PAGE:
5. Howie Roseman (Philadelphia Eagles): January 29, 2010[3]; signed extension in 2022
  6. Les Snead (Los Angeles Rams): February 10, 2012; signed extension in 2022
  7. Jason Licht (Tampa Bay Buccaneers): January 21, 2014; signed extension in 2021
  8. Chris Grier (Miami Dolphins): January 4, 2016[4]
  9. John Lynch (San Francisco 49ers): January 29, 2017; signed extension in 2023
  10. Chris Ballard (Indianapolis Colts): January 30, 2017; signed extension in 2021
  11. Brandon Beane (Buffalo Bills): May 9, 2017; signed extension in 2023
  12. Brett Veach (Kansas City Chiefs): July 11, 2017; signed extension in 2024
  13. Brian Gutekunst (Green Bay Packers): January 7, 2018; agreed to extension in 2022
  14. Eric DeCosta (Baltimore Ravens): January 7, 2019
  15. Joe Douglas (New York Jets): June 7, 2019
  16. Andrew Berry (Cleveland Browns): January 27, 2020: signed extension in 2024
  17. Nick Caserio (Houston Texans): January 5, 2021
  18. George Paton (Denver Broncos): January 13, 2021
  19. Brad Holmes (Detroit Lions): January 14, 2021: agreed to extension in 2024
  20. Terry Fontenot (Atlanta Falcons): January 19, 2021
  21. Trent Baalke (Jacksonville Jaguars): January 21, 2021
  22. Joe Schoen (New York Giants): January 21, 2022
  23. Ryan Poles (Chicago Bears): January 25, 2022
  24. Kwesi Adofo-Mensah (Minnesota Vikings): January 26, 2022
  25. Omar Khan (Pittsburgh Steelers): May 24, 2022
  26. Monti Ossenfort (Arizona Cardinals): January 16, 2023
  27. Ran Carthon (Tennessee Titans): January 17, 2023
  28. Adam Peters (Washington Commanders): January 12, 2024
  29. Dan Morgan (Carolina Panthers): January 22, 2024
  30. Tom Telesco (Las Vegas Raiders): January 23, 2024
  31. Joe Hortiz (Los Angeles Chargers): January 29, 2024
  32. Eliot Wolf (New England Patriots): May 11, 2024

Footnotes:

  1. Jones has been the Cowboys’ de facto general manager since former GM Tex Schramm resigned in April 1989.
  2. Brown has been the Bengals’ de facto GM since taking over as the team’s owner in August 1991.
  3. The Eagles bumped Roseman from the top decision-making post in 2015, giving Chip Kelly personnel power. Roseman was reinstated upon Kelly’s December 2015 firing.
  4. Although Grier was hired in 2016, he became the Dolphins’ top football exec on Dec. 31, 2018

Davante Adams Committed To Raiders, Discusses Aaron Rodgers Pairing

Things haven’t necessarily gone as planned for Davante Adams in Las Vegas. The wideout pushed his way out of Green Bay and landed with the Raiders and his college QB, Derek Carr. That QB/WR tandem only lasted one season, with the Josh McDanielsDave Ziegler regime shaking up the quarterback position ahead of the 2023 campaign.

[RELATED: Offseason In Review: Las Vegas Raiders]

Adams hinted at some frustration before the Raiders ditched that head coach/GM duo, but the receiver admitted that interim-turned-full-time head coach Antonio Pierce is a big reason why he’s content ahead of the 2024 season.

“I wouldn’t be feeling as good as I do now,” Adams said of Pierce’s promotion during an appearance on “Up & Adams Show with Kay Adams” (via NFL.com’s Nick Shook). “That’s for sure. He’s the type of guy that I really enjoy speaking to, working with, so I basically tried to do everything that I could to make it to where the front office didn’t have any other choice.”

Pierce guided the Raiders to a 5-4 record after McDaniels was canned, a performance that helped earn him a promotion to the full-time gig. While there’s still uncertainty at the quarterback position, Adams is committed to the Raiders…and he’s denying inquiries from some of his former teammates. Specifically, Adams admitted that Aaron Rodgers has been “in that ear” since the quarterback moved to the Jets.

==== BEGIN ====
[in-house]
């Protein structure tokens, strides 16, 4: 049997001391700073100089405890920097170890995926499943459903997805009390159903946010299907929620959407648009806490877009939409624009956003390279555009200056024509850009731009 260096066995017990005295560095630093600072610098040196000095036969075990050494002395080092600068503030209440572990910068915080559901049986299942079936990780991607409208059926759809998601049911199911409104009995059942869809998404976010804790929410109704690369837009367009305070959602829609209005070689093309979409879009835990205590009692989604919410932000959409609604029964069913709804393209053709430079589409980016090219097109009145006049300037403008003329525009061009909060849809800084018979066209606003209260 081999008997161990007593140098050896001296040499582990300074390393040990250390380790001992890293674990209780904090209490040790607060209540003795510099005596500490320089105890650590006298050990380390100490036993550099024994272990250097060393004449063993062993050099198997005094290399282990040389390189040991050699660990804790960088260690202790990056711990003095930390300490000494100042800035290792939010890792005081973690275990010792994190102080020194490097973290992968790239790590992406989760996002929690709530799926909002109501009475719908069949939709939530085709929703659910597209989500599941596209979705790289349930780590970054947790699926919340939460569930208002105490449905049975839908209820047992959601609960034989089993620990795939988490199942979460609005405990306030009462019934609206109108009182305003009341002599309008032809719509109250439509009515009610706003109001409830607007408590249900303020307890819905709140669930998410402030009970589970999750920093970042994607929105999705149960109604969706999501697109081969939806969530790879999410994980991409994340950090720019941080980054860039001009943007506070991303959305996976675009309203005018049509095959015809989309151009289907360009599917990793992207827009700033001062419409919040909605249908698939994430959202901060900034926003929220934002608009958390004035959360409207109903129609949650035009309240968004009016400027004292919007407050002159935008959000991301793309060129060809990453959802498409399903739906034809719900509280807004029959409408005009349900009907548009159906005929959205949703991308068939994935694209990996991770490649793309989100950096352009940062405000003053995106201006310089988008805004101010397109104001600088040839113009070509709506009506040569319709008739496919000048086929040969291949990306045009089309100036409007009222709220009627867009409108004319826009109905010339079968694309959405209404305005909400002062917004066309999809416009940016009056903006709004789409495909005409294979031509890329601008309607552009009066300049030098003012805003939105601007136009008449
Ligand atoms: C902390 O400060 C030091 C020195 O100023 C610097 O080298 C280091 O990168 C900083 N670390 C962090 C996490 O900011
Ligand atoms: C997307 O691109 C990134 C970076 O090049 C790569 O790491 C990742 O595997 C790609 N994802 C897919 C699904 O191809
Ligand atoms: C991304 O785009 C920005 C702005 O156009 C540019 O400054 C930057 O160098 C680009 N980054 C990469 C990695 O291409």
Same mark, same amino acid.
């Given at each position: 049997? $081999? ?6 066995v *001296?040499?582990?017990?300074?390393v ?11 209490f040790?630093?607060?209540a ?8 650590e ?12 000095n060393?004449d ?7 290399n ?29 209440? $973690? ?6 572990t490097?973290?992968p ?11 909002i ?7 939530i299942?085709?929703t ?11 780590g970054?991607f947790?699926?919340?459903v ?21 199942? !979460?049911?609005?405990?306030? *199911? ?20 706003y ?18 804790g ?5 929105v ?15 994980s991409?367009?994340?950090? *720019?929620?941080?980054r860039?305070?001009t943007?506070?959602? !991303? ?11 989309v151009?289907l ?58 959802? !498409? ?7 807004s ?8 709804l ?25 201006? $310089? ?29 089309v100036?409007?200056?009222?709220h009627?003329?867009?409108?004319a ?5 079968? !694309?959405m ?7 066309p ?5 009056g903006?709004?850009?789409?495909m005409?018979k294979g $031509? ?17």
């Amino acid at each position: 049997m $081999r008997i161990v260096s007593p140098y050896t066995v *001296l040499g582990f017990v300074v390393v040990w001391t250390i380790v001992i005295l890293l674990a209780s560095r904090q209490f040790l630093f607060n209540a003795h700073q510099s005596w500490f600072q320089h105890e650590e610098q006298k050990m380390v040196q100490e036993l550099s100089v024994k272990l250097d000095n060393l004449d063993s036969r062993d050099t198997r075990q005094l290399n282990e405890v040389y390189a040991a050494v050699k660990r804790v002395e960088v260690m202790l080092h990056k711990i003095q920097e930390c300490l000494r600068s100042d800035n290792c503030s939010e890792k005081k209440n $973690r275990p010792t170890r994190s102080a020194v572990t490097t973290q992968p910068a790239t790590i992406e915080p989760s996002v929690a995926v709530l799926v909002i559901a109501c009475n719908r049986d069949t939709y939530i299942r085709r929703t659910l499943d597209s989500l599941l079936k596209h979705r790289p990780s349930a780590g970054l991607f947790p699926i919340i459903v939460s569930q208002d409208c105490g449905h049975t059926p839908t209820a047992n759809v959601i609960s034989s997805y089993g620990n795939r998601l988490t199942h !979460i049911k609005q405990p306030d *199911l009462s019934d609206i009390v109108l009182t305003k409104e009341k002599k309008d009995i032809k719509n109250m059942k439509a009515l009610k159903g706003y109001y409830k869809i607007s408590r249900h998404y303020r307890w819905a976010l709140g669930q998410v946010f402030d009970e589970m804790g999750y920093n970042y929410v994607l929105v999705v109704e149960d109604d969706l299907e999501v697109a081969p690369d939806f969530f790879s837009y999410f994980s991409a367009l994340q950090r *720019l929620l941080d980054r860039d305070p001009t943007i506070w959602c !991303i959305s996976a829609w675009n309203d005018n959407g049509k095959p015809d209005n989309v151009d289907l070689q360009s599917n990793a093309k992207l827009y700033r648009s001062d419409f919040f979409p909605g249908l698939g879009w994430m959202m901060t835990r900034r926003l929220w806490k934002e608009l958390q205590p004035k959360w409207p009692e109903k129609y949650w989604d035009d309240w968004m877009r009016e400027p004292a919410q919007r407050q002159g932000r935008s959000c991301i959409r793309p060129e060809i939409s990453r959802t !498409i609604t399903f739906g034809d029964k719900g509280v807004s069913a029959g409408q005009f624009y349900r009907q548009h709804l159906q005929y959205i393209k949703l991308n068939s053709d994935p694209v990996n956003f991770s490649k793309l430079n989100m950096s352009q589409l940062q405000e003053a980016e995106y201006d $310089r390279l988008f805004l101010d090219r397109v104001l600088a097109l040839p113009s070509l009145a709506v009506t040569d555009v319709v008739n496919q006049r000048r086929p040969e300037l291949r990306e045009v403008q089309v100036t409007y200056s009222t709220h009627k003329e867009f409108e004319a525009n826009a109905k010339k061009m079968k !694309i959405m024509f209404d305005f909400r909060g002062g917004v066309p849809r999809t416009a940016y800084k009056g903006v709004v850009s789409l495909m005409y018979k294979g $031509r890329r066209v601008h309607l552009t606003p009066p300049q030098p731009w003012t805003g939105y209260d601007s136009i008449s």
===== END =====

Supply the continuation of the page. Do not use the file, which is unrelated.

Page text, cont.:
“It’s not as easy as — obviously we can get together and talk about the old times and potential of doing this and that, but like I said I’m a Raider, and he knows that,” Adams said. “Maybe in the next lifetime.”

Adams also said he’s heard from former teammate Josh Jacobs, who joined the wideout’s former squad in Green Bay this offseason.

“I told him you go ahead and hold it down,” Adams said. “I’m gonna hold it down over here. I don’t think I’ll be coming back over there. Never know what’s gonna happen. If they ship me off, there’s not much I can do about it, but I’m a Raider. So nobody got to worry about that.”

Despite the management changes, the Raiders quickly quieted trade chatter this offseason, with both Pierce and new GM Tom Telesco (along with owner Mark Davis) expressing interest in keeping Adams around long-term. The wideout is attached to massive $44MM cap hits in both 2025 and 2026, but the Raiders could get out of the deal next offseason with only a temporary dead cap hit of $15.7MM. While both sides are currently saying all the right things, Adams’ future in Las Vegas will still be worth watching over the next year.

The NFL’s Longest-Tenured Head Coaches

Following 2023’s five-team coaching carousel, this offseason featured a quarter of the jobs becoming available. One HC-needy team (New England) did not put its position on the market, promoting Jerod Mayo, but the rest did. The Patriots’ decision also produced the first shakeup among the league’s longest-tenured head coach list since 2013.

Since the Eagles fired Andy Reid, Bill Belichick‘s Patriots HC stint had run the longest. After a 4-13 season, the six-time Super Bowl-winning leader was moved out of the picture. No team hired Belichick, generating a wave of rumors, and only one (Atlanta) brought him in for an official interview. While Belichick should be expected to take at least one more run at a third-chance HC gig, Mike Tomlin rises into the top spot on this list.

Tomlin is going into his 18th season with the Steelers, and while he has surpassed Bill Cowher for longevity, the steady leader still has a ways to go to reach Chuck Noll‘s 23-season Pittsburgh benchmark. Tomlin, 52, enters the 2024 season 17-for-17 in non-losing seasons, separating himself from his predecessors in that regard.